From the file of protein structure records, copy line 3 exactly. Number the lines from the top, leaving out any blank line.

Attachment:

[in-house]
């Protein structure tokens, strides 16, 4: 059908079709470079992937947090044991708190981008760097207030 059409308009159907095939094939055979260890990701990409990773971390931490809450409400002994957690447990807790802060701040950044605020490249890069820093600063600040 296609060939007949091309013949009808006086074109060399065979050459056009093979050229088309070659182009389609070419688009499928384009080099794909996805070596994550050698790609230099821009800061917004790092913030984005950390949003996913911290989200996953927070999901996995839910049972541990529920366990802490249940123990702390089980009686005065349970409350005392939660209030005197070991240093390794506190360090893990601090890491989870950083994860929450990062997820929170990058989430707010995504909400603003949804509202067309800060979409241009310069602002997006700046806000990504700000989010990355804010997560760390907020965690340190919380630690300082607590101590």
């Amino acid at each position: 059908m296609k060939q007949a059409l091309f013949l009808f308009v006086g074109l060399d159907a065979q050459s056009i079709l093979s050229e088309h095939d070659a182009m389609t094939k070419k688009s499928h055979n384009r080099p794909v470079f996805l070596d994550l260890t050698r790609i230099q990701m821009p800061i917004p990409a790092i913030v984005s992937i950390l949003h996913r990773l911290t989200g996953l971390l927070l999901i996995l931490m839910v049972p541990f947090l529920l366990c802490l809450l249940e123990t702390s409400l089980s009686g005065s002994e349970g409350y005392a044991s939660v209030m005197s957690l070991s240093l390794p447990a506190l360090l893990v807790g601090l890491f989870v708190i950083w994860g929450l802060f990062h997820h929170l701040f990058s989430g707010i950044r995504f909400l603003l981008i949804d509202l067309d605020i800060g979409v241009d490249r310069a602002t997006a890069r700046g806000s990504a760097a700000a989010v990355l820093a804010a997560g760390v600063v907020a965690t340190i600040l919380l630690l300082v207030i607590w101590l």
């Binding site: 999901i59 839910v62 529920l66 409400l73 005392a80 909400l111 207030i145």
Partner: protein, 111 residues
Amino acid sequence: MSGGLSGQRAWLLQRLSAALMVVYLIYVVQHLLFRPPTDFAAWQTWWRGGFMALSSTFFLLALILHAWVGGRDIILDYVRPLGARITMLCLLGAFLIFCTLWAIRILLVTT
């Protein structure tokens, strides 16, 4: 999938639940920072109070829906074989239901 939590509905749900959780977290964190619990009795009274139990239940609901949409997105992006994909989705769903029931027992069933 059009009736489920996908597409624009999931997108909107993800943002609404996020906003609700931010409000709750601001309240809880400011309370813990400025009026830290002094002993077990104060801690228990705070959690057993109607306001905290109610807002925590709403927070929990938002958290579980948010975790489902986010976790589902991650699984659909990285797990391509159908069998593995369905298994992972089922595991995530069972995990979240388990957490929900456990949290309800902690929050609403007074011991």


């Amino acid at each position: 059908m296609k060939q007949a059409l091309f013949l009808f308009v006086g074109l060399d159907a065979q050459s056009i079709l093979s050229e088309h095939d070659a182009m389609t094939k070419k688009s499928h055979n384009r080099p794909v470079f996805l070596d994550l260890t050698r790609i230099q990701m821009p800061i917004p990409a790092i913030v984005s992937i950390l949003h996913r990773l911290t989200g996953l971390l927070l999901i996995l931490m839910v049972p541990f947090l529920l366990c802490l809450l249940e123990t702390s409400l089980s009686g005065s002994e349970g409350y005392a044991s939660v209030m005197s957690l070991s240093l390794p447990a506190l360090l893990v807790g601090l890491f989870v708190i950083w994860g929450l802060f990062h997820h929170l701040f990058s989430g707010i950044r995504f909400l603003l981008i949804d509202l067309d605020i800060g979409v241009d490249r310069a602002t997006a890069r700046g806000s990504a760097a700000a989010v990355l820093a804010a997560g760390v600063v907020a965690t340190i600040l919380l630690l300082v207030i607590w101590l």